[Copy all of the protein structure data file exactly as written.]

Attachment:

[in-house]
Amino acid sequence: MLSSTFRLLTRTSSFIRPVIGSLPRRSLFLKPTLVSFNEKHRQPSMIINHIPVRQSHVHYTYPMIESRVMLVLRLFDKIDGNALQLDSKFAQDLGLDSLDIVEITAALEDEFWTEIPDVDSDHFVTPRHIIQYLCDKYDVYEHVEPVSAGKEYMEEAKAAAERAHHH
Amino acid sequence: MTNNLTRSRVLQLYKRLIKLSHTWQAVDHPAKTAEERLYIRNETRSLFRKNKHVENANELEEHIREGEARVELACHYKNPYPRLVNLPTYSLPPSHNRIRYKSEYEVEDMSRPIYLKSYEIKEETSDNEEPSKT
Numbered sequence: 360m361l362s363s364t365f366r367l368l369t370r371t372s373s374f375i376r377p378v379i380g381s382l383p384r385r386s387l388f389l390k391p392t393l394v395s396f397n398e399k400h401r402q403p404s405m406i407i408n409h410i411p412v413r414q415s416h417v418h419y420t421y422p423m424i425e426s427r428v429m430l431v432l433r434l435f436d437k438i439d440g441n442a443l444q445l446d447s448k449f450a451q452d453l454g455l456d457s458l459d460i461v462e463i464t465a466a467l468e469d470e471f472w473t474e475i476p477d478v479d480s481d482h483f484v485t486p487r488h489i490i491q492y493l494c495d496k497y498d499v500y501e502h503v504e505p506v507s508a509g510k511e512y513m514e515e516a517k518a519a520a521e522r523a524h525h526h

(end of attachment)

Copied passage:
[in-house]
Amino acid sequence: MLSSTFRLLTRTSSFIRPVIGSLPRRSLFLKPTLVSFNEKHRQPSMIINHIPVRQSHVHYTYPMIESRVMLVLRLFDKIDGNALQLDSKFAQDLGLDSLDIVEITAALEDEFWTEIPDVDSDHFVTPRHIIQYLCDKYDVYEHVEPVSAGKEYMEEAKAAAERAHHH
Amino acid sequence: MTNNLTRSRVLQLYKRLIKLSHTWQAVDHPAKTAEERLYIRNETRSLFRKNKHVENANELEEHIREGEARVELACHYKNPYPRLVNLPTYSLPPSHNRIRYKSEYEVEDMSRPIYLKSYEIKEETSDNEEPSKT
Numbered sequence: 360m361l362s363s364t365f366r367l368l369t370r371t372s373s374f375i376r377p378v379i380g381s382l383p384r385r386s387l388f389l390k391p392t393l394v395s396f397n398e399k400h401r402q403p404s405m406i407i408n409h410i411p412v413r414q415s416h417v418h419y420t421y422p423m424i425e426s427r428v429m430l431v432l433r434l435f436d437k438i439d440g441n442a443l444q445l446d447s448k449f450a451q452d453l454g455l456d457s458l459d460i461v462e463i464t465a466a467l468e469d470e471f472w473t474e475i476p477d478v479d480s481d482h483f484v485t486p487r488h489i490i491q492y493l494c495d496k497y498d499v500y501e502h503v504e505p506v507s508a509g510k511e512y513m514e515e516a517k518a519a520a521e522r523a524h525h526h